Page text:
Why you shouldn’t become a Samoan matai (and also, why you should)

As I was learning about Samoan culture, I remember deciding that I wasn’t interested in gaining a taupou title (the highest ranking female role in a family/village). Instead I wanted to become a proper matai – which still isn’t common amongst women.

But then I did some research and a lot of observation… and I evaluated my lifestyle and attitudes towards family and village affairs… and then I had to finally admit to myself that I’m not cut out to be a matai. It’s not a role that I could wholeheartedly commit to, for number of reasons.

If you’re considering putting your name forward for a matai title, maybe have a think about what that would really mean to you.

Matai – The Path to Becoming a Samoan Chief [Part 1]

Image from Wikipedia

How do you become a Samoan Matai?

The good news is, if you’re even a little bit Samoan I’m 99.9% sure you’re the suli (heir) to at least one matai title.

Once a title becomes available, any suli can petition for it.

He or she just has to have some support (it doesn’t hurt to have other matai or well respected elders arguing for you) and also, ideally, a track record of service to the family.

O le ala i le pule, o le tautua

..is a well-known Samoan proverb that means, “The path to leadership is service”.

You might find that your bid to become a matai is much better supported if your family can see how much you love and labour (and contribute financially to fa’alavelave *cough*) for them.

A Traditional Samoan Wedding… with a Tangent about Making Babies [+ Video]

Image is from Seventysixdesign on Etsy

I’ve heard some stories about weddings back in the ancient, less Christian days of Samoa. Don’t quote me on this stuff, cause I can’t remember who told me these tales, but apparently…

True(ish?) Story Time

In the old days, a bride’s virginity was, of course, of paramount importance. (Nobody said anything about the groom’s virginity, but anyway…)

SO, on their wedding day, a special fale was designated for the couple to consummate their union. A section of this house was screened off with hanging fala (woven mats) and inside this makeshift room, the conjugal bedding featured pure white siapo (thinly pounded mulberry sheets).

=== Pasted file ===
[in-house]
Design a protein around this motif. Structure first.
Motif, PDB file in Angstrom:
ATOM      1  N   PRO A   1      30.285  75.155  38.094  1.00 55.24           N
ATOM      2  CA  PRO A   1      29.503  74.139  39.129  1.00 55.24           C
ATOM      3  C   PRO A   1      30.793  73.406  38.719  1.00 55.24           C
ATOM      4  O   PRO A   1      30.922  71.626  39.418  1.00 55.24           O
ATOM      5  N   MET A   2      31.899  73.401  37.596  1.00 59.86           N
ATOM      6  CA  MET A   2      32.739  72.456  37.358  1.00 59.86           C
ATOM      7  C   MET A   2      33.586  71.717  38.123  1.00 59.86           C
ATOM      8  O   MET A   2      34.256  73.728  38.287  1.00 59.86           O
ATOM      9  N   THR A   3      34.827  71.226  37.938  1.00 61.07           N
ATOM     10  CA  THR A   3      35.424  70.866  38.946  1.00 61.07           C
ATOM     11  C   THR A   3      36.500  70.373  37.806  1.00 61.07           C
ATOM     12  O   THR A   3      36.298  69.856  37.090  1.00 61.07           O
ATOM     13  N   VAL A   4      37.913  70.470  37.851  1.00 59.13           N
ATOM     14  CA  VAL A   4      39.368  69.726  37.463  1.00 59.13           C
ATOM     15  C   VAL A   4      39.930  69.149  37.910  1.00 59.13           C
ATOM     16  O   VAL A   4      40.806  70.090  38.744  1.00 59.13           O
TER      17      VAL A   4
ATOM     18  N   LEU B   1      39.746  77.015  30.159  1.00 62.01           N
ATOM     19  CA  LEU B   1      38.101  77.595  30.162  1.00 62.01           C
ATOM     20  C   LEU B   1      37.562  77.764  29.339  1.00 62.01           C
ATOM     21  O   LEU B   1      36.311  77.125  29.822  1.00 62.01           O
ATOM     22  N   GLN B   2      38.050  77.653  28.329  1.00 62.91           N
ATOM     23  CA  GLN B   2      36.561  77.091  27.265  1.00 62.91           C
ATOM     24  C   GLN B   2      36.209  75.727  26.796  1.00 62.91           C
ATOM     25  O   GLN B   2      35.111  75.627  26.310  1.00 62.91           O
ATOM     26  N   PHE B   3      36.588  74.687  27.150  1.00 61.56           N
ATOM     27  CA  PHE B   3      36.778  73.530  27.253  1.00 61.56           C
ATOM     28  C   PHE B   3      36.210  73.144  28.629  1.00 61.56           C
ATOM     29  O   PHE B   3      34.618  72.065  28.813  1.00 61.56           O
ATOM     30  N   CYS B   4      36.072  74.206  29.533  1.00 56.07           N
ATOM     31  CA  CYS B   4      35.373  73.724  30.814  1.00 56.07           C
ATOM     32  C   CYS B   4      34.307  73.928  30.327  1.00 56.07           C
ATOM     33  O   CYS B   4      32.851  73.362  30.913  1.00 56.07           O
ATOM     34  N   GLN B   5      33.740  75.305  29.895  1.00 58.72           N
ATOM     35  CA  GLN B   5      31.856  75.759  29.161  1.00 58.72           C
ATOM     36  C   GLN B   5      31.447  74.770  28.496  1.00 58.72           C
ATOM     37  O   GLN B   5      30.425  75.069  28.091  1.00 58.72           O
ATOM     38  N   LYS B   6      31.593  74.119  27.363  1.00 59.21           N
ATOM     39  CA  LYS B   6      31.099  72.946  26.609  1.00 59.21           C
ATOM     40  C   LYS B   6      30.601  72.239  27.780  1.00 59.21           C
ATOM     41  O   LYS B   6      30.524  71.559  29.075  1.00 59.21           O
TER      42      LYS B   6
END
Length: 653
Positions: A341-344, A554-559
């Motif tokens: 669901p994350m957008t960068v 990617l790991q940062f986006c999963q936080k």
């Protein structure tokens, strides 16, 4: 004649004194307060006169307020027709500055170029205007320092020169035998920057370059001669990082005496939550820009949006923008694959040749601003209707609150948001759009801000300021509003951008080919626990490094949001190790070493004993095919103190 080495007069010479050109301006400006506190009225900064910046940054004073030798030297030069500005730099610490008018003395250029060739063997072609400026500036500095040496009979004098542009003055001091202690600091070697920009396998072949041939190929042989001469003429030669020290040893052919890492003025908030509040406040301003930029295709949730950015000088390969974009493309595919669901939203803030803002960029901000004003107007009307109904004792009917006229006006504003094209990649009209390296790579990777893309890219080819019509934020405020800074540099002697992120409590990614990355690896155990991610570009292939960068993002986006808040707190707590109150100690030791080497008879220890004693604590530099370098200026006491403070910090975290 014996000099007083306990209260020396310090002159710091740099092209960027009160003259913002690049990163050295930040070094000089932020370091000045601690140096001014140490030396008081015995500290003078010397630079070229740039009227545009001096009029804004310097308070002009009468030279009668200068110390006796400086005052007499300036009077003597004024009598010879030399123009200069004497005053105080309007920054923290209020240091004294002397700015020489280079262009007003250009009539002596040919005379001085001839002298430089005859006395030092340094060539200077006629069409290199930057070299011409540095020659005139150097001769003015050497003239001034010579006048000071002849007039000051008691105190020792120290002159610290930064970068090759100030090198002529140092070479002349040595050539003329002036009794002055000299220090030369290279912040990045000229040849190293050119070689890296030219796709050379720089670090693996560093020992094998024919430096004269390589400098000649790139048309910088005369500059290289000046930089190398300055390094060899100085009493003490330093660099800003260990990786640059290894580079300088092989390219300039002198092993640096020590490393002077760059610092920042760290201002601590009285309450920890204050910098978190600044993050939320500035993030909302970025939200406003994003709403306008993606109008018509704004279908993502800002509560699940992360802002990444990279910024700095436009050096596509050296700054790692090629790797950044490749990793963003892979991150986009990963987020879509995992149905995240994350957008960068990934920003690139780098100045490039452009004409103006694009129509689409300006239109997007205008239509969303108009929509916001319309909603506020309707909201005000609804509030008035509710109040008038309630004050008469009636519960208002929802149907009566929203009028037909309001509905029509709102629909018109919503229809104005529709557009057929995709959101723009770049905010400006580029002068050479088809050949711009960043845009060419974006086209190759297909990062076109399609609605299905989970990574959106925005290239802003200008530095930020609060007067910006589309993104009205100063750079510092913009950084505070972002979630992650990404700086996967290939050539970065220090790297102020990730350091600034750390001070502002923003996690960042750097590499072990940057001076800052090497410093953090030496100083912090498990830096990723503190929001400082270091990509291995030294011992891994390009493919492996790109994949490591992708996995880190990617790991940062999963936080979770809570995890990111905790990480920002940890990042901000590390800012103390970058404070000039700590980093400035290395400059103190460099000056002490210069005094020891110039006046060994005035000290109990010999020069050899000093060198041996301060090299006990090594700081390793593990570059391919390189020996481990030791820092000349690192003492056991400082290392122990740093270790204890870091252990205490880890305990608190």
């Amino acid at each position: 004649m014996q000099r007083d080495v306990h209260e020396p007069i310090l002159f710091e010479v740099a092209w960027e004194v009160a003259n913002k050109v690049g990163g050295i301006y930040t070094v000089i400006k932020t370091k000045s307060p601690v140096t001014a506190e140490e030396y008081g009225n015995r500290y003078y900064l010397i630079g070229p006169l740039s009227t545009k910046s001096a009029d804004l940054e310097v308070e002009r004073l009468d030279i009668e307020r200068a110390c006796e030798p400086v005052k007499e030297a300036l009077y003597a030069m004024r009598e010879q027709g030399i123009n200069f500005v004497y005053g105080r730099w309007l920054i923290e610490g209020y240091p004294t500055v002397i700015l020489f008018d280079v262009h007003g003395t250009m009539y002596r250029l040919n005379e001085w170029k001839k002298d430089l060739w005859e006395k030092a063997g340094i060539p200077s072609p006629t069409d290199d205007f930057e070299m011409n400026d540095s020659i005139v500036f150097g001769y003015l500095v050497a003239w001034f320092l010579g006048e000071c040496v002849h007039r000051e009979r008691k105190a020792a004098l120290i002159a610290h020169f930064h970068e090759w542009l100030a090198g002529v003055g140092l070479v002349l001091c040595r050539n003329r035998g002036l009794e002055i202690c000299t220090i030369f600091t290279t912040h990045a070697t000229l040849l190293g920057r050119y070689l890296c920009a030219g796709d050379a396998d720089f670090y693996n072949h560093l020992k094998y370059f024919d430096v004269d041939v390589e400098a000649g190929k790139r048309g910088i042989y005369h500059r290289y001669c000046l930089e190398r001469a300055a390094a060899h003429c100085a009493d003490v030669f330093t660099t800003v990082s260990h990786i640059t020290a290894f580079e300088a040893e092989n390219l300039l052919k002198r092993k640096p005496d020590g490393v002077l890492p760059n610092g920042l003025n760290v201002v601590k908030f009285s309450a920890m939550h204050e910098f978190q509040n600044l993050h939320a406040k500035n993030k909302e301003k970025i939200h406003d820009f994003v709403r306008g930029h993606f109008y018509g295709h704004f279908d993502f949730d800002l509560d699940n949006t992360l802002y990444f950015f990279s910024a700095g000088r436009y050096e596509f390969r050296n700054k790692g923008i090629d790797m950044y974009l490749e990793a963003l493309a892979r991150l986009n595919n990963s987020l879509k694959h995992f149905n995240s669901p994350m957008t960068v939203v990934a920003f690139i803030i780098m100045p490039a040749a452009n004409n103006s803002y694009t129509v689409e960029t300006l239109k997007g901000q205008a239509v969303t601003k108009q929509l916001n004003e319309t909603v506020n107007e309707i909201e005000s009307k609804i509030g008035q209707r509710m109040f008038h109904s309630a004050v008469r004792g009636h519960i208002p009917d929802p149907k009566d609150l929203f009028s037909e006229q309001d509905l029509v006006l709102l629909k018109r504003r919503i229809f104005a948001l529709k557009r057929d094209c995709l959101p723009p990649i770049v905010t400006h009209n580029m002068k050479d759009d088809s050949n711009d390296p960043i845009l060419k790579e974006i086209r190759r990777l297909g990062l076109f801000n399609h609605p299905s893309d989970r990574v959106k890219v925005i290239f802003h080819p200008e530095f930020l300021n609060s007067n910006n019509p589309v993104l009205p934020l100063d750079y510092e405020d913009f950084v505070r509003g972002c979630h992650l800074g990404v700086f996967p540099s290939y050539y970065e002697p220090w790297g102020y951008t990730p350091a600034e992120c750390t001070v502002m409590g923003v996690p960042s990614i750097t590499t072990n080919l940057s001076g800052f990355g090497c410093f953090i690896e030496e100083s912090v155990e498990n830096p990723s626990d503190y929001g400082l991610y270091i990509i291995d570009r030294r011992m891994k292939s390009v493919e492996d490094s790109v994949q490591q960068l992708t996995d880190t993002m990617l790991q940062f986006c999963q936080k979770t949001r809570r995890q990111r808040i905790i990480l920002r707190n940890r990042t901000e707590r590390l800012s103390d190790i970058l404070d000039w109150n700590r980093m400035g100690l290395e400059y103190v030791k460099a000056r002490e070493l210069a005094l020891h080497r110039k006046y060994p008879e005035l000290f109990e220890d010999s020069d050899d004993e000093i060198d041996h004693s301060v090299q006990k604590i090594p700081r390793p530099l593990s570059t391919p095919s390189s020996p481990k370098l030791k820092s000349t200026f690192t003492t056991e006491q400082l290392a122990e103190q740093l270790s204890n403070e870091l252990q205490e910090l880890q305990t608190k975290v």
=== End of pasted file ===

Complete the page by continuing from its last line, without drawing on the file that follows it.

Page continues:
After the official ceremonies of the day, the wedding couple was ushered behind the fala to, um, get to know each other, while their older relatives (usually female) kept watch on the other side of their flaxen curtains…

Be careful when you praise Samoans

In the western world, complimenting someone on their appearance or accessories is a great way to strike up a conversation. It doesn’t always work like that for Samoans. I remember one time, I mentioned to a relative that her bag was pretty, and then when she tried to give it to me, I was like,…

Samoan Tradition: Ifoga

One Samoana Throwback: First published Jan 4, 2009, this post explores a tradition of forgiveness like no other. It’s a fact of life: humans are attracted to drama… which makes me – and apparently, Samoans in general – oh so very human. I don’t remember when I first heard about the Samoan tradition of ‘ifoga’,…

Think about it: You don’t need to be told

This guideline covers a few different situations. First, it’s good manners in any culture to use your initiative to correct things that are not right. For example, are the dishes piling up? Wash them. Is a log blocking somebody’s driveway? Move it. It’s common sense and basic human courtesy. We shouldn’t need to be asked…

Samoan Proverb – Sorted like a fishing net in the morning

As the heart of the Pacific ocean, it makes sense that so many of Samoa’s alagaupu & muagagana (proverbs & idioms) use the imagery of fishing. Like this one: O le upega e fili i le po, ‘ae tatala i le ao Its literal translation: The fishing net is knotted (or braided) at night, but…